This one for more of a road map from the CEO:
...we're also really excited about 2020, see it as a growth year both top-line and in terms of EPS, and that's just in our core business as we've got it today, but we also see 2020 as an opportunity to introduce some new products and services that we think can grow the business for the long term ... We see an opportunity to grow our existing services business, while also introducing a new service in 2020 that will be relevant to hardware ... the opportunity to monetize our app in ways that we just simply haven't before. That's a 2020 initiative. And also in 2020, we plan to extend our brand’s relevance by introducing products in new categories that we think will excite customers.
Make sure you don't miss that first sentence: Expansion of top and bottom line just in the core business of today. That's a continued hammer on the more-of-2019-in-2020 nail. So regardless of the other initiatives, revenue should continue on the back of what it does today.
And then there's this one which reinforces the above thought:
Our brand stand(s) for durability, versatility, and waterproof performance (and) is very highly regarded. And we think that we can extend those brand traits to products outside of what we current --previously offered.
Now, the last one might scare off some investors as the first thing which comes to mind was the drone and the failure it was. However, this sounds like related products the company is not currently in but make sense to be in. Drones were a bit of a stretch but something more material like accessories or systems for non-hardcore action aficionados would be a better business approach.
One last thing from this conference, which management can control, is its ability to push sales through its direct channel. This means better margins but also better metrics of who and where its customers are. The CFO touched on this point with some material information:
...GoPro.com. We've been able to increase our own footprint that was about 10% of our revenue. It's almost double from where it was about a year or so ago. We've put a major focus on conversion rates and dot com and that's been very effective.
It comes down to this: We can rag on GoPro, management and past failures. It deserves all of that and more. However, there's a point in which you change the conversation and acknowledge the turnaround, albeit small, which is happening this year. It will take the company some time to prove itself, but the evidence is already clear. Regardless of your opinion of its products, it's top and bottom line are improving over the last year and over 2017. To ignore this is to continue in bias confirmation. To work in these new numbers is to be a prudent investor - regardless of your commitment of capital to it.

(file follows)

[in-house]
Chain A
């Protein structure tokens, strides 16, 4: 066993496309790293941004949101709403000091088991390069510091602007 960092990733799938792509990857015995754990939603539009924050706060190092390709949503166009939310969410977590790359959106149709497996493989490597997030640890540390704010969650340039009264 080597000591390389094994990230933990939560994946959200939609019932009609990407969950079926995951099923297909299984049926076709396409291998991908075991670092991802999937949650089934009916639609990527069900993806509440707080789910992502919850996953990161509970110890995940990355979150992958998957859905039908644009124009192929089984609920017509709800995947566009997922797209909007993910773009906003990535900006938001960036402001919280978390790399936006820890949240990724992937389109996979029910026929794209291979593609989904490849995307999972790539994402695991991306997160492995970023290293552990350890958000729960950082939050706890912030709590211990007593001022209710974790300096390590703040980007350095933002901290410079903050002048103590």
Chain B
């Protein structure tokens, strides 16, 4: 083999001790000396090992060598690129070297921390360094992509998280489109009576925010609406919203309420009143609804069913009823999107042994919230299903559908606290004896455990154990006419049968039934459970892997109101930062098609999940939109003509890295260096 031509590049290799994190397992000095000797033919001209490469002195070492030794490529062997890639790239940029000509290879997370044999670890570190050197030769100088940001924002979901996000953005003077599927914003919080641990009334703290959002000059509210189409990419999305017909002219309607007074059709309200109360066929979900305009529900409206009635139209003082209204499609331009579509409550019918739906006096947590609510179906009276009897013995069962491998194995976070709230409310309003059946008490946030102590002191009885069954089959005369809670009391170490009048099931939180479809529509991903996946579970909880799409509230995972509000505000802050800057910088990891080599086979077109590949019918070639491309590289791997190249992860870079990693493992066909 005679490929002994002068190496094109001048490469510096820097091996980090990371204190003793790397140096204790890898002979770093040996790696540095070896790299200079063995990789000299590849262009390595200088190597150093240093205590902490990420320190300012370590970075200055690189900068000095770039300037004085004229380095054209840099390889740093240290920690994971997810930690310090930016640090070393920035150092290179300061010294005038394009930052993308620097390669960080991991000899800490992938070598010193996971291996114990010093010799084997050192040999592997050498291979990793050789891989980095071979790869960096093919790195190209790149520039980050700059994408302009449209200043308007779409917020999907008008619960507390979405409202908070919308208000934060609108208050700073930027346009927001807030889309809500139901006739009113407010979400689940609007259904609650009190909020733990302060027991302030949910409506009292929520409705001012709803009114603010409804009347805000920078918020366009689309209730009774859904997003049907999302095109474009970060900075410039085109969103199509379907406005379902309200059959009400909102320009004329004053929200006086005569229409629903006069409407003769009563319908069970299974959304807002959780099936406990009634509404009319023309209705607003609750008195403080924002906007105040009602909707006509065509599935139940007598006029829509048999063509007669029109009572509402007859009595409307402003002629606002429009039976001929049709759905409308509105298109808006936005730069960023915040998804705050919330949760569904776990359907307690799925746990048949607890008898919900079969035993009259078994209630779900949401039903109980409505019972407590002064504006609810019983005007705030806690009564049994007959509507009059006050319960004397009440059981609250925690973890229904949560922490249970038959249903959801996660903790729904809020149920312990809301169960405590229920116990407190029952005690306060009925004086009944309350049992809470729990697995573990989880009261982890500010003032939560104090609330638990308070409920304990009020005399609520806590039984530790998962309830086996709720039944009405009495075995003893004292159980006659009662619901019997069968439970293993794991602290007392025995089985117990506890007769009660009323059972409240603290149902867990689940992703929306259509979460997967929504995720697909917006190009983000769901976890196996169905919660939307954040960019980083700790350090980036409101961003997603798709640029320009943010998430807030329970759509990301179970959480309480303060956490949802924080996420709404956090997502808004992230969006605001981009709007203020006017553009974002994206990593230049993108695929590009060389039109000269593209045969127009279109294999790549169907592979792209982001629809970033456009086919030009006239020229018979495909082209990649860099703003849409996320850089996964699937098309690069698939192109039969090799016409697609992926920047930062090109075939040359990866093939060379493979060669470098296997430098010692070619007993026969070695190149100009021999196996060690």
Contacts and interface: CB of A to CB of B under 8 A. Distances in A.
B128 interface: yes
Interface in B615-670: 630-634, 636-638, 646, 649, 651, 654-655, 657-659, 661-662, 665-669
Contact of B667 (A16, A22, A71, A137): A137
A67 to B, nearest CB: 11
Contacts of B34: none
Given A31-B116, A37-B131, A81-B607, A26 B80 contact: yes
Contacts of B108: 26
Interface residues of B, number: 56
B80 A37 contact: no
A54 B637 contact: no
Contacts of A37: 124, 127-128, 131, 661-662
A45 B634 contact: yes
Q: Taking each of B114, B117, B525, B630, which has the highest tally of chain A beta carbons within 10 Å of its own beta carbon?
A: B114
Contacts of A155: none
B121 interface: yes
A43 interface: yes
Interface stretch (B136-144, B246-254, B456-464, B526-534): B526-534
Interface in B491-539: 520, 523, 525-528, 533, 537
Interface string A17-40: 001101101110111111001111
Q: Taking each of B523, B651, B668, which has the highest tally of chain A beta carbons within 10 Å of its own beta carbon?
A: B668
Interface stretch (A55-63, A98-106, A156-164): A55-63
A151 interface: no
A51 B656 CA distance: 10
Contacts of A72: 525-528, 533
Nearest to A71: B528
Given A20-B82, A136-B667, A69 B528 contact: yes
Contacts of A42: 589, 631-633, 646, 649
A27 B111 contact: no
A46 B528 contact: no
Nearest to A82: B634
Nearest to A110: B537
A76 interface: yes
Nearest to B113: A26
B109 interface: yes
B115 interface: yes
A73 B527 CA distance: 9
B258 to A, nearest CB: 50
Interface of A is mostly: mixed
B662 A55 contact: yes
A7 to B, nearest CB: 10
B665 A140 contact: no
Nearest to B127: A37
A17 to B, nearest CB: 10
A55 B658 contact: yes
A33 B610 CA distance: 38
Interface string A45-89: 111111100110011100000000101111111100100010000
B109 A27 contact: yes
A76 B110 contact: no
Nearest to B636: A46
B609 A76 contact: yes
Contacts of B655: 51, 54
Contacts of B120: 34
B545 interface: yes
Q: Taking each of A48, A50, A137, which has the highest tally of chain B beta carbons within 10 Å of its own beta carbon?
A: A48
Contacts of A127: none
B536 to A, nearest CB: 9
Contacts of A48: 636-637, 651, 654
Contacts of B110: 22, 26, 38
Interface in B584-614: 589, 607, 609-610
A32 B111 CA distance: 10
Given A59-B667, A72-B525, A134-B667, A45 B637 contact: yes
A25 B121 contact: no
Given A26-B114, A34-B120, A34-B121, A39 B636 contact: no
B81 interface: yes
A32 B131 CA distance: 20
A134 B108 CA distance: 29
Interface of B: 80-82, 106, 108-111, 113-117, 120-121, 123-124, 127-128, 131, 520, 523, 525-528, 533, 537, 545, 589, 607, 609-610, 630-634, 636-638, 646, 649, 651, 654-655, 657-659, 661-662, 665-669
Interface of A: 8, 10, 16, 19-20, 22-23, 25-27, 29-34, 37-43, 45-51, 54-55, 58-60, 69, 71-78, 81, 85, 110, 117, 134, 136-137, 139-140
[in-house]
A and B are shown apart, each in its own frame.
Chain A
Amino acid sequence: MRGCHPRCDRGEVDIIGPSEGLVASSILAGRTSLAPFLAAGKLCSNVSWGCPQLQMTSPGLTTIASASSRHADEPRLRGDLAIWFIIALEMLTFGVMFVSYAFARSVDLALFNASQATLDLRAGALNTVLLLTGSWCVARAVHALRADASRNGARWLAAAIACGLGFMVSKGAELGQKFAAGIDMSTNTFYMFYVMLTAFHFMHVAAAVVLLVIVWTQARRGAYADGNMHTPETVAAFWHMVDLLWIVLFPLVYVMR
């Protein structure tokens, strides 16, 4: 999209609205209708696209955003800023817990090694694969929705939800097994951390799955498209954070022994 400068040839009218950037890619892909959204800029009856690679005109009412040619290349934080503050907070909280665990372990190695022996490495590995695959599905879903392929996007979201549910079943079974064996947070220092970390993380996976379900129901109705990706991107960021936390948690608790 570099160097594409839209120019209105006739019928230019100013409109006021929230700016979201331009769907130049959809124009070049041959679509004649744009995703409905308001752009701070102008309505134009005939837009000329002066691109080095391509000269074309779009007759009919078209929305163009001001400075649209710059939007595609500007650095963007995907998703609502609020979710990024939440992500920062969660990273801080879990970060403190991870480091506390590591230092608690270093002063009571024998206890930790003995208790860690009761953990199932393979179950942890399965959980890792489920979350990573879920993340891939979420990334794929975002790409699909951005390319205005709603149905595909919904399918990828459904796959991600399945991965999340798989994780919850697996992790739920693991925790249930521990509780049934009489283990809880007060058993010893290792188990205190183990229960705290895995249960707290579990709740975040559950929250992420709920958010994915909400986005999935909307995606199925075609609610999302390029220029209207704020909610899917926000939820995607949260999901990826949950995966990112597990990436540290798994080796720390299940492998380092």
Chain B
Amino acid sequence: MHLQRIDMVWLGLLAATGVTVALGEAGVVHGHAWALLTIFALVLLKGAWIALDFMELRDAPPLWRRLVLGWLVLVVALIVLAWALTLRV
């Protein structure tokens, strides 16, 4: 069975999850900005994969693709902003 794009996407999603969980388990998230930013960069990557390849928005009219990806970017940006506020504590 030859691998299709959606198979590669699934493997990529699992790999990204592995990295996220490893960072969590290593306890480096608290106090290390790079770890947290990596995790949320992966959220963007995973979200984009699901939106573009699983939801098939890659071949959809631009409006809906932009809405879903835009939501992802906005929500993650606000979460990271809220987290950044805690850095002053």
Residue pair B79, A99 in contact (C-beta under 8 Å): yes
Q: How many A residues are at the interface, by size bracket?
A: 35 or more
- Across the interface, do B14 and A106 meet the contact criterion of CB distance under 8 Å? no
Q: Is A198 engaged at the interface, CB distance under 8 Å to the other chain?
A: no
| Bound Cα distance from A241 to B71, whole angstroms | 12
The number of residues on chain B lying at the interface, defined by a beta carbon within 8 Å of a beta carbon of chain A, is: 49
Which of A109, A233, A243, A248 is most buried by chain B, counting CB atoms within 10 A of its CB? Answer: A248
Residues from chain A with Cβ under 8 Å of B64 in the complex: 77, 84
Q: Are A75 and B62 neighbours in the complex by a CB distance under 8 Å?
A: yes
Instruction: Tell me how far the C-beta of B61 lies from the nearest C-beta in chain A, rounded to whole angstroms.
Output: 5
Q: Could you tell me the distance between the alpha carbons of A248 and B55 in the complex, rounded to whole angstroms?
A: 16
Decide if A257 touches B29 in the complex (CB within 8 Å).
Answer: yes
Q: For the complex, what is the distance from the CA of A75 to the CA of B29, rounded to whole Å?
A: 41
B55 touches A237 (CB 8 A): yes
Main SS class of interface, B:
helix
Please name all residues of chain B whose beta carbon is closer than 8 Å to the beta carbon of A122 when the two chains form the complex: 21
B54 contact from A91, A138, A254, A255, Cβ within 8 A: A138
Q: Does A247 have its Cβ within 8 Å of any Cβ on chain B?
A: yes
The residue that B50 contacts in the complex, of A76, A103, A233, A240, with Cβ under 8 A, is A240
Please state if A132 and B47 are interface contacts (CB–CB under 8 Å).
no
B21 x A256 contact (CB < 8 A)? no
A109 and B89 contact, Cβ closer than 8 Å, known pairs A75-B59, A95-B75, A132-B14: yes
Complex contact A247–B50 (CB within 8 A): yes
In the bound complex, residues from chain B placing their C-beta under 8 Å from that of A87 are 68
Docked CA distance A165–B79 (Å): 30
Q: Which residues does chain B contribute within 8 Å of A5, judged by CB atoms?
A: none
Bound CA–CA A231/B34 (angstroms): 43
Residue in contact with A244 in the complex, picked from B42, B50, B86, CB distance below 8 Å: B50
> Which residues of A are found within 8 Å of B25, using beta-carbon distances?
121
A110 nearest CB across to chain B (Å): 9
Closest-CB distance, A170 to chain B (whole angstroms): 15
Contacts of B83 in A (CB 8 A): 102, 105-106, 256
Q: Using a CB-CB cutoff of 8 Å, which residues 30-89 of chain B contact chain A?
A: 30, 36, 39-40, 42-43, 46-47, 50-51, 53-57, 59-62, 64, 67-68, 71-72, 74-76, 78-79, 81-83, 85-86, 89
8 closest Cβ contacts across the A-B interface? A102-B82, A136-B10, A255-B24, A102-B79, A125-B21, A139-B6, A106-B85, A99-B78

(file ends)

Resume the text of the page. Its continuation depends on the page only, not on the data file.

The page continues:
But I want to leave this thought with what the CFO thinks about you not working in those numbers for 2020:
And when you do that math you get some pretty sizable bottom line expansion and leverage right on the business, which quite frankly, isn't even reflective in The Street models. You have it basically flat. Yes, no growth and no growth in earnings in 2020 on the Citibank model, right.
And so we feel that, I think we are disconnected between where we think we are running the business. And where kind of The Street has us pegged for 2020.
Opportunity Ahead Of The Market
These are all the signs of a healthier GoPro. So when it says it's lifting guidance, there can be some confidence behind it. Overall, the company is starting to hit a stride, and while not anything amazing like 30% revenue growth, moving from small negative growth to double-digit growth in a year is a material improvement.
As I mentioned at the beginning, signs the bleeding is stopping are the first signs an investor needs to see a turnaround occurring. Right now, the market has diverged from this good news. In my investing experience, it can mean one of two things: A trap and things financially will reverse, or an opportunity the market is ignoring right now. While I don't entirely put my trust in management due to past repeated failures, this time, it has put up the numbers ahead of the bigger plans and raised guidance. This gives me more confidence in the investment and less worry of a trap, especially with it at all-time lows. With the market's reaction to drop the stock to these lows, I decided to re-enter GoPro. And while a small position to start, now is still a time to buy and increase that position.
Make Cash With My Cache
Get alerted to my tech sector analysis by clicking the follow button at the top of this page next to my name. Get further insight on GoPro by joining my Seeking Alpha service Tech Cache. You also get real-time, chatroom access to ask me followup questions and hear ideas of other Tech Cache subscribers. Right now, you can try it risk-free with a 2-week free trial!
Disclosure: I am/we are long GPRO. I wrote this article myself, and it expresses my own opinions. I am not receiving compensation for it (other than from Seeking Alpha). I have no business relationship with any company whose stock is mentioned in this article.